On June 29, 2015, Sarepta announced it had completed the rolling submission of a New Drug Application (NDA) to the U.S. Food and Drug Administration (FDA) for eteplirsen for DMD. Eteplirsen utilizes the company’s proprietary exon-skipping technology to “skip” exon 51 of the dystrophin gene, which allows the cell’s repair mechanism to fix the specific genetic mutation that affects about 13 percent of those with the disease.
Sarepta is in a head-to-head race with competitor BioMarin Pharmaceutical Inc. (BMRN), which is headquartered in San Rafael, Calif. BioMarin beat Sarepta to the FDA with its NDA in April for drisapersen, also an exon-skipping drug candidate for DMD.
“We believe drisapersen may offer a meaningful benefit to boys living with DMD whose mutations are amenable to exon 51 skipping,” said Camilla Simpson, BioMarin’s global head of regulatory affairs, pharmacovigilance in an April 27 statement. “The totality of data on drisapersen contains three randomized, placebo-controlled, efficacy trials and two long term extension studies, which include some boys treated for approximately 3.4 years.”
If Sarepta does acquire another drug for DMD, the strategy would be to potentially mix the new drug with eteplirsen for a cocktail of treatments. In a recent interview with Bloomberg Business, Kay said, “We are going to own DMD,” adding that the company hoped to offer “a menu of options” to patients.
It’s unlikely that BioMarin would take the challenge lying down. BioMarin has $1.01 billion in cash, whereas Sarepta has about $166 million. Sarepta may have an advantage in terms of debt, only $6.4 million compared to BioMarin’s $656 million. If there’s any hint of a collaboration between the two companies, nobody’s talking about it. At a San Francisco investor meeting in January, the two companies’ chief executives sniped at each other over data claims, which suggests any deal would be unlikely.
Other companies working in the DMD space include Pfizer Inc. (PFE), Nicox SA, PTC Therapeutics Inc. (PTCT)), Santhera Pharmaceutical Holding AG, Catabasis Pharmaceuticals, Inc., Summit Therapeutics plc, and Capricor Therapeutics, Inc..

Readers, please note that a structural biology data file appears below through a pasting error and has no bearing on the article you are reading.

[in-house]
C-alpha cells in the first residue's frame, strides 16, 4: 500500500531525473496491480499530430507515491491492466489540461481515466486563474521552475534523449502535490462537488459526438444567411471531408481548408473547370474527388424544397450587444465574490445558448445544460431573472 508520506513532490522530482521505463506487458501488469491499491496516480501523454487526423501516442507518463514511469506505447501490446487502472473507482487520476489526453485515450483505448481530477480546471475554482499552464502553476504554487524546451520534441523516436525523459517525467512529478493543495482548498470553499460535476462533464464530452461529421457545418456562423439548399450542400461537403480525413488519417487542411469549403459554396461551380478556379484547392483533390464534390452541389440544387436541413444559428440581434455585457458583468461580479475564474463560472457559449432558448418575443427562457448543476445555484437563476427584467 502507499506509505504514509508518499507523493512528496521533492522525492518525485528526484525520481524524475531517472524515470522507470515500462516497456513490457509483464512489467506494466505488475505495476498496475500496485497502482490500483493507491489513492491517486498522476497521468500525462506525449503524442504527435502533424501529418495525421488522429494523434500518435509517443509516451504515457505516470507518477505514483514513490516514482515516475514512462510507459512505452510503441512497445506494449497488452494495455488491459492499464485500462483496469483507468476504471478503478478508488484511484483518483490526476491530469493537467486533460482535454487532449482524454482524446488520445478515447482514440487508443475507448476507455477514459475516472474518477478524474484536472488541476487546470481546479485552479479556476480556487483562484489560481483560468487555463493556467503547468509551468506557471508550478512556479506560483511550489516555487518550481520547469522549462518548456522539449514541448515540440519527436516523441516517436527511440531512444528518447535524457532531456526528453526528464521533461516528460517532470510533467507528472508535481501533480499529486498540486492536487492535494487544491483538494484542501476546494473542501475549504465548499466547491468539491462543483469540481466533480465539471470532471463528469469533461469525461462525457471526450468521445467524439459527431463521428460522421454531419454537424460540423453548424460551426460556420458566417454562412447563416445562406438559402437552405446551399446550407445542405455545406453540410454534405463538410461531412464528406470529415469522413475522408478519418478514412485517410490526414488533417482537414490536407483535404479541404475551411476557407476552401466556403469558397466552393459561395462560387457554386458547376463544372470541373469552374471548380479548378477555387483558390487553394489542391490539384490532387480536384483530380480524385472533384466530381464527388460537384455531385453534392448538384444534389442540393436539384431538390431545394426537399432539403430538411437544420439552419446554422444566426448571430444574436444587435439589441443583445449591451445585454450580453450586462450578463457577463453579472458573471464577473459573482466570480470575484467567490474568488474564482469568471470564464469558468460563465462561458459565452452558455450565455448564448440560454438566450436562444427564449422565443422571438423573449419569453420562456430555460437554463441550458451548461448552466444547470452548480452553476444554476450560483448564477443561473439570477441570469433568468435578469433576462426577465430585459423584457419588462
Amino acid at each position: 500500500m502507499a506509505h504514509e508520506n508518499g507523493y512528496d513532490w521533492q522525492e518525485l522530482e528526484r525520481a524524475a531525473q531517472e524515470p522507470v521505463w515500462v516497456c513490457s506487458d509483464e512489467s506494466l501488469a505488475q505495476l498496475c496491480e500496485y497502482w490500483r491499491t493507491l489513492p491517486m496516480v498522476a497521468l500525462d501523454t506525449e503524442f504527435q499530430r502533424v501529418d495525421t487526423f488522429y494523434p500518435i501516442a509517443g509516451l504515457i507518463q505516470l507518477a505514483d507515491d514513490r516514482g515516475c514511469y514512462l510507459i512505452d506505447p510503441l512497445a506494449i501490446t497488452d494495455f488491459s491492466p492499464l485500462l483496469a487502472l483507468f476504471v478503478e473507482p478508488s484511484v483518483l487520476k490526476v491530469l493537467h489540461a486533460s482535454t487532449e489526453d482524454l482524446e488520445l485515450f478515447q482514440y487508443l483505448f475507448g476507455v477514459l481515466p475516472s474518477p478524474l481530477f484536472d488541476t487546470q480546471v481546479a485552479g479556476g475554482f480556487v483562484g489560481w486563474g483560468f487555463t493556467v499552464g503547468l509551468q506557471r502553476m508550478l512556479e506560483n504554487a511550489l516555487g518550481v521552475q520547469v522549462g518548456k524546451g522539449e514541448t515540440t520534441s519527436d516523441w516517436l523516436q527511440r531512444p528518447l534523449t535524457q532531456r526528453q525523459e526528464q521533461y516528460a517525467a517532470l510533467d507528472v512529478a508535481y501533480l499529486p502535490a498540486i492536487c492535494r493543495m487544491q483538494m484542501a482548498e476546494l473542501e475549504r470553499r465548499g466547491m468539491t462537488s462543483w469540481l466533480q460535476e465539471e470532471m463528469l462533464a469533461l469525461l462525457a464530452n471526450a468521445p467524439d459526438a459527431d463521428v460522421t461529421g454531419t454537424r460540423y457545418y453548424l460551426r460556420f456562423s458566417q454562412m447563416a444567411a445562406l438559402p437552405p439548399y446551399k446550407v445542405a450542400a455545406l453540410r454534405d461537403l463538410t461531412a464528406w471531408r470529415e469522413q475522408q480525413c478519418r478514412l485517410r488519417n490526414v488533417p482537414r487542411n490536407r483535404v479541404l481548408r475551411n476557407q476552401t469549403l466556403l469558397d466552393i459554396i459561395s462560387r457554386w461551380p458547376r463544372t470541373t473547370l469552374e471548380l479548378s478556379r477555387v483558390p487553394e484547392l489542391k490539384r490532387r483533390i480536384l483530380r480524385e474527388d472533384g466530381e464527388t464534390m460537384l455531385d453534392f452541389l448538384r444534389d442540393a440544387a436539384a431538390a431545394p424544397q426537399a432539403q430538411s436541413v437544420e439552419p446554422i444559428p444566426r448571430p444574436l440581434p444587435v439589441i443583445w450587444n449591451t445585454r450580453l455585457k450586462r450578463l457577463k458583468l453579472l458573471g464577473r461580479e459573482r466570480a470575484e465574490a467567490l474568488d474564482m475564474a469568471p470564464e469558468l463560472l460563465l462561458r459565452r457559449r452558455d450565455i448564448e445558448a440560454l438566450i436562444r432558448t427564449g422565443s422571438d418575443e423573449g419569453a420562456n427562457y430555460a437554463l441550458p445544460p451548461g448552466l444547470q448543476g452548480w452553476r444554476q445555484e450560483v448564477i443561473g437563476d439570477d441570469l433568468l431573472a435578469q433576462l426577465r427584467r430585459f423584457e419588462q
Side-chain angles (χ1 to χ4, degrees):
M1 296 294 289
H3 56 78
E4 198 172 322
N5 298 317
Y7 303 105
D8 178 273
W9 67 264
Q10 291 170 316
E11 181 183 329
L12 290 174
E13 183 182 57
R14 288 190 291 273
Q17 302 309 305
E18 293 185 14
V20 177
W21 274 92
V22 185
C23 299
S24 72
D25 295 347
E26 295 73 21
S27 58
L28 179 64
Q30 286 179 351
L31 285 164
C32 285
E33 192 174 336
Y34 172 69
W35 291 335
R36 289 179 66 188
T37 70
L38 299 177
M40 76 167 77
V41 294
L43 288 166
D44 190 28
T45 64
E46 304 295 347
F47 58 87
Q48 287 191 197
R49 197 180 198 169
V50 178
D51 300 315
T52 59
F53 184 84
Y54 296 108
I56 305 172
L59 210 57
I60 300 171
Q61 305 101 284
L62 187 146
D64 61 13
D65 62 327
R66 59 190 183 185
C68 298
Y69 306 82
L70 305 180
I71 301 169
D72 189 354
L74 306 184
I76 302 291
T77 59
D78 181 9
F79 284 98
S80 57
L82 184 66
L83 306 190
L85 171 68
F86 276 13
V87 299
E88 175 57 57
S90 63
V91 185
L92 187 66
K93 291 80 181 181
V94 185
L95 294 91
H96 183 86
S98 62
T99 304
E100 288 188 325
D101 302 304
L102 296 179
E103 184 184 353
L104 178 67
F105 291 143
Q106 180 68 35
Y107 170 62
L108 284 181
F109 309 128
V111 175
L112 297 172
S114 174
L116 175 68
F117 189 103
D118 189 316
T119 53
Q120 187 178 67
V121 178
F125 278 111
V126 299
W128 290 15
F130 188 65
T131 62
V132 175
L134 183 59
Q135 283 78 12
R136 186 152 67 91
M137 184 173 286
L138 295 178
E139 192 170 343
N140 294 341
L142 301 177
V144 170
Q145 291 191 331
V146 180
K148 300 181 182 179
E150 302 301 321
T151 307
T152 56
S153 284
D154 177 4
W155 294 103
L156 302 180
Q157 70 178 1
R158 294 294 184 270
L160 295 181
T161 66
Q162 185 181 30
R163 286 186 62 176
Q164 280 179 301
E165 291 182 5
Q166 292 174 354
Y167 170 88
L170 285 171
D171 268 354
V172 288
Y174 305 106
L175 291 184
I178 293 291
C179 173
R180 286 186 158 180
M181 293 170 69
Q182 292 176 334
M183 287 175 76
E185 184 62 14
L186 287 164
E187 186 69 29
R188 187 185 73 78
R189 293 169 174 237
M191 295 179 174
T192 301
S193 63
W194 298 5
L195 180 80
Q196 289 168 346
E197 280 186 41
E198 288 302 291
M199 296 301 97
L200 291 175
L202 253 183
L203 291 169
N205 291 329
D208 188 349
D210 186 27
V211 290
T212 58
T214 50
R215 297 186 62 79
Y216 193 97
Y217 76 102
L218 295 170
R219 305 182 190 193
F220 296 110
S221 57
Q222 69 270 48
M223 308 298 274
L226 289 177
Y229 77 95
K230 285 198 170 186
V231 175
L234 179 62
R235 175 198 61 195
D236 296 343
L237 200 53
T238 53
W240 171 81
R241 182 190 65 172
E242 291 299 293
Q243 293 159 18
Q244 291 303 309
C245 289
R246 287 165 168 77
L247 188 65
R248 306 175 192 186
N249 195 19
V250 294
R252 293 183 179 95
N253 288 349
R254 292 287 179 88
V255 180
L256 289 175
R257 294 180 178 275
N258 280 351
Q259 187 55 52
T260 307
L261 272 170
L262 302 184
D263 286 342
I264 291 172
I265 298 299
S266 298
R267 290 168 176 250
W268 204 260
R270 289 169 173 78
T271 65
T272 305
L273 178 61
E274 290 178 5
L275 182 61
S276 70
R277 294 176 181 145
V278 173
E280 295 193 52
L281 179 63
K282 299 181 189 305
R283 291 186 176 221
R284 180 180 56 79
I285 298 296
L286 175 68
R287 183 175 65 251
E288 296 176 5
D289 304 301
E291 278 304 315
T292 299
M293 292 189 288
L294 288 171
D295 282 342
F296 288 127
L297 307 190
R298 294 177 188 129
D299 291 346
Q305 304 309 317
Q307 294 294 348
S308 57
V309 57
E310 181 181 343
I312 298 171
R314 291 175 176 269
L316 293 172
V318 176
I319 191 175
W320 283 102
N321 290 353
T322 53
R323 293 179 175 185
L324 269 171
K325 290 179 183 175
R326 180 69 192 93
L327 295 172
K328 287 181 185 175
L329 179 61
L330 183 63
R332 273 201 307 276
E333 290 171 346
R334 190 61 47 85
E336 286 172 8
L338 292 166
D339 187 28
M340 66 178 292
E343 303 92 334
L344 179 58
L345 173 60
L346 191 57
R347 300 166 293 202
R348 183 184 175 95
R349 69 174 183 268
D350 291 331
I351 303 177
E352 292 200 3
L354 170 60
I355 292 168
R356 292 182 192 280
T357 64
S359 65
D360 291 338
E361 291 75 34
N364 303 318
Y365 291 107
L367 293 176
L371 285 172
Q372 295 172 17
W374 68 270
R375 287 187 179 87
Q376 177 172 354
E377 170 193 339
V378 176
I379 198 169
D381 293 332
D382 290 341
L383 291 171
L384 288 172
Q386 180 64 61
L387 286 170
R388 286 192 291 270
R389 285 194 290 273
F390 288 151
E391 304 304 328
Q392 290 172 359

BioMarin most recently announced positive results from a Phase II clinical study for BMN-111 (vasoritide) for the treatment of achondroplasia, the most common form of human dwarfism. Raluca Pancratov of SunTrust Robinson Humphrey wrote in a research note that if that drug were approved, it could bring in about $700 million worldwide.
BioMarin Pharmaceutical stock has been on a steady rise for the last year. On July 17, 2014, shares traded for $55.78 and rose to $67.27 on Oct. 14, 2014. On Mar. 30, 2015, shares traded for $129.14 and are trading today at $144.50.
Sarepta Therapeutics stock has been much more volatile. Shares traded for $23.56 on Oct. 24, 2014, dropped to $11.61 on Jan. 13, 2015 and rose slightly to $12.20 on April 30, 2015. On May 20, 2015 shares took a big jump, rising to $26.24, then moving to $30.43 on June 30, 2015. Shares are trading currently at $30.90.
Duchenne muscular dystrophy is a genetic disorder that results in progressive muscle degeneration and weakness. It is caused by an absence of a protein called dystrophin, which helps to keep muscle cells intact. The disease primarily affects boys and onset is typically between the ages of 3 and 5. Although survival rates have improved greatly recently, the most common age of mortality is in the early 30s, although there are some cases of men surviving into their 40s and 50s.
Sarepta’s drug, eteplirsen, may be approved by early 2016. BioMarin’s drug, drisapersen, might be approved by December 2015.
July 14, 2015
By Mark Terry, BioSpace.com Breaking News Staff
Source: BioSpace Featured News